The Office of Multicultural Student Affairs (MSA) was created in 1989 as a space for minority students to have their voices heard, but today it has grown as an organization which houses about 20 other organizations under its title.
MSA Director Diane Jefferson approached former Shippensburg University President Anthony Ceddia about creating the office which was originally called the Office of Minority Student Affairs.
Other organizations were then generated after MSA was established. For instance, the Latino Student Organization (LSO) formed in 1991, and the ELITE Modeling Troupe was created in 2008.
However, new groups are always starting. Even if some organizations die down, they always come back, such as Building Bridges, according to SU student Ramses Ovalles.
“I think the office is always evolving and students can always create new events,” Ovalles said. “I think that’s what’s cool. We have these organizations that are established, but we can always innovate them and be more progressive by the programming we decide to throw and that’s all decided by the students.”
The African-American Organization (AFRO-AM) is the biggest organization under MSA and hosts the largest events, such as Statewide.
Even though many students in MSA are involved with two or three different organizations, Ovalles said everyone in MSA is a family. Their one goal is to graduate.
“We have our own separate organizations and do our own separate things, but we fall under one office,” he said.
Every organization has retention included in what they are about, and retention is their biggest goal. Students in MSA must have a 2.5 GPA and are required to log 10 study hours per week, according to Ovalles.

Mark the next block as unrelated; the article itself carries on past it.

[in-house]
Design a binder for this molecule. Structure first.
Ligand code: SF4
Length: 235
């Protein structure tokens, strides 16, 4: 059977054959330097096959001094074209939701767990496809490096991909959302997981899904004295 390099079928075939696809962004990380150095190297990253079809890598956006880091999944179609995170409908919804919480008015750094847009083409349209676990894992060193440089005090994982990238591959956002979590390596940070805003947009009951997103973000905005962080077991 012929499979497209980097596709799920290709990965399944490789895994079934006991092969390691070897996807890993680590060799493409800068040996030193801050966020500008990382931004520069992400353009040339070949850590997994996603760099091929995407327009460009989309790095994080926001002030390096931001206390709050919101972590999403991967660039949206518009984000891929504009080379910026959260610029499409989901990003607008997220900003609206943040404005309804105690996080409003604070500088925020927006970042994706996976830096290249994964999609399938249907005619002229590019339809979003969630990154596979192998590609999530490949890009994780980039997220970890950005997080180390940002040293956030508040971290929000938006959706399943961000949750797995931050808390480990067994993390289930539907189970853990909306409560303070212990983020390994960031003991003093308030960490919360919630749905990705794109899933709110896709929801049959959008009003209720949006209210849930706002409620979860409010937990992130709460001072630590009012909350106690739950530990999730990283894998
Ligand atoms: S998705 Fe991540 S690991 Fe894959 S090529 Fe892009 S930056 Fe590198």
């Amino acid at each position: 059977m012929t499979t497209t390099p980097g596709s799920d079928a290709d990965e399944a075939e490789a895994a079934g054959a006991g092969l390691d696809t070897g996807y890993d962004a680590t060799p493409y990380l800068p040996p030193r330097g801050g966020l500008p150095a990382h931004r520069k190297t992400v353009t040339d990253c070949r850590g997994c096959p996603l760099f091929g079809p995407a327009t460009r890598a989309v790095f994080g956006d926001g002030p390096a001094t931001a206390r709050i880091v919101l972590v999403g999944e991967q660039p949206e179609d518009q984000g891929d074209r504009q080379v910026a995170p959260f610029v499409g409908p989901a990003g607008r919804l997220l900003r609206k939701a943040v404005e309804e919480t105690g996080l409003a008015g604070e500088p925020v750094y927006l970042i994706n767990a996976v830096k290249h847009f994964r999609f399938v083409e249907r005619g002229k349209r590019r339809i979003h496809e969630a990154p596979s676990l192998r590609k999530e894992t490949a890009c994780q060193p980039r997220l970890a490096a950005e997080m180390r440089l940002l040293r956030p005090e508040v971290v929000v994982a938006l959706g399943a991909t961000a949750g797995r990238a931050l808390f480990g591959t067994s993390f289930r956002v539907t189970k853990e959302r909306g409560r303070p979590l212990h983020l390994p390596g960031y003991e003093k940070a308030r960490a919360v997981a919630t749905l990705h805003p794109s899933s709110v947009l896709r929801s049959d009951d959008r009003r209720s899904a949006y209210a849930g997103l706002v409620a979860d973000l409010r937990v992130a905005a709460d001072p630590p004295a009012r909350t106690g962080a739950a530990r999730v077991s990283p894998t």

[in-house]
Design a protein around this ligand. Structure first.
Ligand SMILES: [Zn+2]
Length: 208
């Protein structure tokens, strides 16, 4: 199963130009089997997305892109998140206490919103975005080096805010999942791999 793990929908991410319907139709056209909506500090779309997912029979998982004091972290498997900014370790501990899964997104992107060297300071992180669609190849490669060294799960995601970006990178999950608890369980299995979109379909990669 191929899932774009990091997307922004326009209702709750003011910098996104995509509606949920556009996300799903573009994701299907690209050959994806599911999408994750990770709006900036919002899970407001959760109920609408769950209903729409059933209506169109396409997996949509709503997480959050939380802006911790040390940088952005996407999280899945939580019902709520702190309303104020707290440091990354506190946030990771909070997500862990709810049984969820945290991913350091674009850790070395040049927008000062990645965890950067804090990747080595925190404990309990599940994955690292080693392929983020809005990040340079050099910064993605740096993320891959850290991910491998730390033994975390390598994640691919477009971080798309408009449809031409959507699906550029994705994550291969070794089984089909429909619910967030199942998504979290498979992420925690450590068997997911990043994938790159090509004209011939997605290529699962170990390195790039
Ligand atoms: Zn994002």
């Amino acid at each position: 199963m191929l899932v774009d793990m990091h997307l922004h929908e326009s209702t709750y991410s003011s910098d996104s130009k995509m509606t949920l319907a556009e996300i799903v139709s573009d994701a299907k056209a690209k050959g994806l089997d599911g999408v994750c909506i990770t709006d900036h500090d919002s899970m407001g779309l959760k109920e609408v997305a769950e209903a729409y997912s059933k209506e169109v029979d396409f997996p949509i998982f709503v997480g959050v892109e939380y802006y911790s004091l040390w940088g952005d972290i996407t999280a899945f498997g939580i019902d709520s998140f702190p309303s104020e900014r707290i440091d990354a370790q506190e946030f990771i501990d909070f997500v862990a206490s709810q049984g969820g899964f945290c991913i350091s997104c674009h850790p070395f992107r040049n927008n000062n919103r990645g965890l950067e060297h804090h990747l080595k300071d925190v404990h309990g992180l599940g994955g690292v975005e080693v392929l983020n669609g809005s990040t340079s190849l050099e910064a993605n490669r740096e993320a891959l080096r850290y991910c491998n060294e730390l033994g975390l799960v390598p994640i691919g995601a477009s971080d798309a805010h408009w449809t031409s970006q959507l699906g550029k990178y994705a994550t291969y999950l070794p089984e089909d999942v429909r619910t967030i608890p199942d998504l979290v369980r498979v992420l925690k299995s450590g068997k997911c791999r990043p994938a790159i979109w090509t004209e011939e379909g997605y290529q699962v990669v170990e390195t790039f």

“Retention is our biggest goal, and just making sure this is just our home is really important too,” Ovalles said.
He is involved with LSO, Building Character, Retaining Men, Opening Minds, Teaching Tolerance, Helping Up, Empowering Lives (B.R.O.T.H.E.R.S.), Building Bridges and Ask. Communicate. Teach Tolerance. (ACT).
Ovalles wanted to transfer from SU, but Jefferson convinced him to stay one more semester and get involved with MSA.
That one semester changed his perspective on the university and defined his purpose.
He believes it was destined for him to be at SU, and MSA taught him to see a way to use his voice. Jefferson helped bring his leadership and potential out and encouraged him to apply those leadership skills into programming, Ovalles said.
SU student Abdul Omar Tucker said MSA is also the reason he stayed at SU. He is also a member of B.R.O.T.H.E.R.S.
“I didn’t really have a place here. It was really different. Really, MSA made me feel really comfortable and I found a home with my organization. It definitely gave me some guidance,” Tucker said.
Ovalles said many students who are involved with MSA stayed at SU because of the office or organizations in which they are involved. He did not feel as comfortable in other organizations, and said there are not many other clubs where you can join other smaller groups within the club.
Tucker said he encourages students to come out, see what MSA is about and get involved.
“They should come out to our events. They should try to speak to us like we speak to them,” he said.